Andy Goldsworthy is a sculptor who works with — and in — nature. More to the point, he worked as a farm labourer in his teens.

He was in one of the Folkestone Triennials, on the Old High Street, smearing mud on the interior of a shop window and allowing it to crack and dry out. There was also a film of one of his rain shadows — lying on a street as it starts to rain, leaving a ghostly impression of his body. And he has works at the Yorkshire Sculpture Park — a sheepfold with dead tree — and Jupiter Artland — including lumps of coal in trees, Stone Coppice.

We see him almost absorbed into landscapes — South American forests, Cumbrian and French hills, Scottish woodland, climbing across blackthorn coppices, through bushes, between roots. We see him maneuvre trees into mud-lined buildings, draw lines with leaves on steps in Edinburgh, decorating a tree with narrow branches pinned in by pine needles. Sometimes he is working alone, especially with a fallen elm tree, sometimes with his apparently more-talented daughter Holly, sometimes with a team of labourers, cutting rock into open sarcophagi. It is site-specific artwork, even if he has half a dozen schticks.

He is most clearly moved when talking about the fallen elm — someone has removed some of the branches in his absence — and when he is about to cut into bedrock.

(Spoiler: he doesn’t. Quarrying is one thing, but disturbing the geology is another.)

And somewhere in here is his former wife, who died after their divorce.

It’s hard to grasp how startling his work is on a large screen, let alone a tablet, but the camerawork and the drone shots do their best. You get a sense of his empathy and shared knowledge with a Spanish-speaking old woman, who shows him a clay, dung and straw floor, and that he is clearly learning from her — not quite appropriating. Whilst you hear from her, his daughter, some of his assistants (one of whom he compares scars with, in a presumable unintended homage to Jaws), there are no vox pops, nor curators, nor art histories. We don’t know who commissions the works. We do hear Fred Frith’s quasi-indigenous soundtrack, which is frankly irritating pastiche rather than enriching.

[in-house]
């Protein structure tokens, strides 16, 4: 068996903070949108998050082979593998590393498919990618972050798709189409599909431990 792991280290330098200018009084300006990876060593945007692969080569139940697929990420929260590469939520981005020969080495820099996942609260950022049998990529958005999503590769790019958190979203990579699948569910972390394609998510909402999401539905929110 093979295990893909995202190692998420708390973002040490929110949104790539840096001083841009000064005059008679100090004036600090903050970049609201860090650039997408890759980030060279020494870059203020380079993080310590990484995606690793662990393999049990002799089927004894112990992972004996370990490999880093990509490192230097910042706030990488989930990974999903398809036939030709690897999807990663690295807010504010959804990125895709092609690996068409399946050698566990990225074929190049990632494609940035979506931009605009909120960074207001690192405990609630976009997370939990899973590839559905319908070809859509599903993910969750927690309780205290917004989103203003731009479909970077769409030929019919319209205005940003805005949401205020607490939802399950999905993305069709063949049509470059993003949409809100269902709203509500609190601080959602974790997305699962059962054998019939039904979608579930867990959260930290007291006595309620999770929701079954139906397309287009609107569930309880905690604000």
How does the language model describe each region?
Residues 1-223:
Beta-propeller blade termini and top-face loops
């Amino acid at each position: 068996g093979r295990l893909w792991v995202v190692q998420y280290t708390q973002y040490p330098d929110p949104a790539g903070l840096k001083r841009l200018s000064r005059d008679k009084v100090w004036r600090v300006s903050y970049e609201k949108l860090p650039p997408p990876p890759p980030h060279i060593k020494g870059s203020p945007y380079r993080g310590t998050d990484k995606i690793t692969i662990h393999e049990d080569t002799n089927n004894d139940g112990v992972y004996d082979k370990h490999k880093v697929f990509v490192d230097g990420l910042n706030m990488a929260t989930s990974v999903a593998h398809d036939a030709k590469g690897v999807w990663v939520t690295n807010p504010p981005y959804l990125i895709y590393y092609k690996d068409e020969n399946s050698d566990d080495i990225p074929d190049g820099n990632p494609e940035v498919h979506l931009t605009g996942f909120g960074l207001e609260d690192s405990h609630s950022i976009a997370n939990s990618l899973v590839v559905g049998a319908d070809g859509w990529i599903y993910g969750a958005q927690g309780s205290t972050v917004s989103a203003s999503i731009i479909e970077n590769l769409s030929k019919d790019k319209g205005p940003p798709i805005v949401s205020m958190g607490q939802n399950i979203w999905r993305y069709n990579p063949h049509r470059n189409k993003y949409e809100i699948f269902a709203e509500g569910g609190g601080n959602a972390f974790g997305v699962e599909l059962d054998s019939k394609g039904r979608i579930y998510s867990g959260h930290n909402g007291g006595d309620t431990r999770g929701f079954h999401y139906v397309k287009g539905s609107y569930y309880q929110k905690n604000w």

And the wind and the lean? We see that as his penultimate work — you might not spot the one in the closing credits — where it is him and the wind. Whilst Antony Gormley’s works are sculptures based on his body, they are monumental and solid, whether iron figures in the sea or giant above the road to Gateshead; here Goldsworthy’s body is more fragile, more self-effacing..

You’ll Know It When You See It

Les amants ([The Lovers] Louis Malle, 1958)

In the opening credits of Malle’s second feature film there is an engraving of the Map of Tendre, an imaginary land on which can be reaced the route to true love. So, here we have Jeanne Tournier (Jeanne Moreau), in a difficult and encouragedly open marriage with newspaper proprieter Henri (Alain Cuny) in Dijon, who regularly visits her friend Maggy (Judith Magre) in Paris so she can hang out with polo-playing hunt Raoul Flores (José Luis de Vilallonga). When Maggy and Raoul are invited for a meal in Dijon — against Jeanne’s better judgment — she breaks down in the sticks and is picked up by archaeologist Bernard (Jean-Marc Bory). Whilst you’d expect her to slip into Raoul’s room, it is Bernard who snags her attention.

This was released just before the French New Wave and appears in a crisp black and white, especially the magical night scenes in the third quarter of the film. At times I felt a twinger of the river sequence in Charles Laughton’s directorial masterpiece, Night of the Hunter (1955). The camera, meanwhile loves Moreau, although she is repeated reflected in mirrors. The film doesn’t seem to judge her character, although at times you might judge her — oscillating between impatient and not getting the hell on with it. It anticipates the adulteries of Agnès Varda’s Le Bonheur ([Happiness], 1965), where I also expected Judgment to wreak havoc. But this is how the other half live — and it’s not entirely clear whether Bernard will fund her lifestyle.

Apparently this caused no end of kerfuffle when released in the States, leading to a pornography trial — although I’d be sceptical that anyone could get their rocks off to this. Indeed, Justice Potter Stewart ruled it wasn’t pornographic at the Supreme Court, saying that he knew hardcore porn when he saw it.

I wonder what he had seen?

Ida Thought

Ida (Paweł Pawlikowski, 2013)

I somehow missed Pawlikowski’s Cold War (2018) by blinking at an inopportune moment, but  I remember enjoying his Margate-set, faintly post-apocalyptic immigrant drama Last Resort (2000) with Dina Korzun and Paddy Considine. There I might have reached for Ken Loach and Lindsay Anderson, but here there is a feel of Tarkovsky without quite so much striving for poetry, in glorious black and white. Continue reading →

Revolution in My Ears

Tangerine Dream – Revolution of Sound (Margarete Kreuzer, 2017)

I guess there’s always been a contradiction at the heart of appreciating bands which go through multiple line ups. I don’t hold to the school of thought that Pink Floyd stopped when Syd left — but I think I prefer a Yes with a Jon Anderson to one without, even if, say, Chris Squire drove the sound. For me the best Tangerine Dream albums are the Froese-Franke-Baumann ones, broadly speaking the Virgin years, but those with Schmoelling come close. And I like Klaus Schulze and Steve Joliffe’s solo works more than Franke or Baumann’s.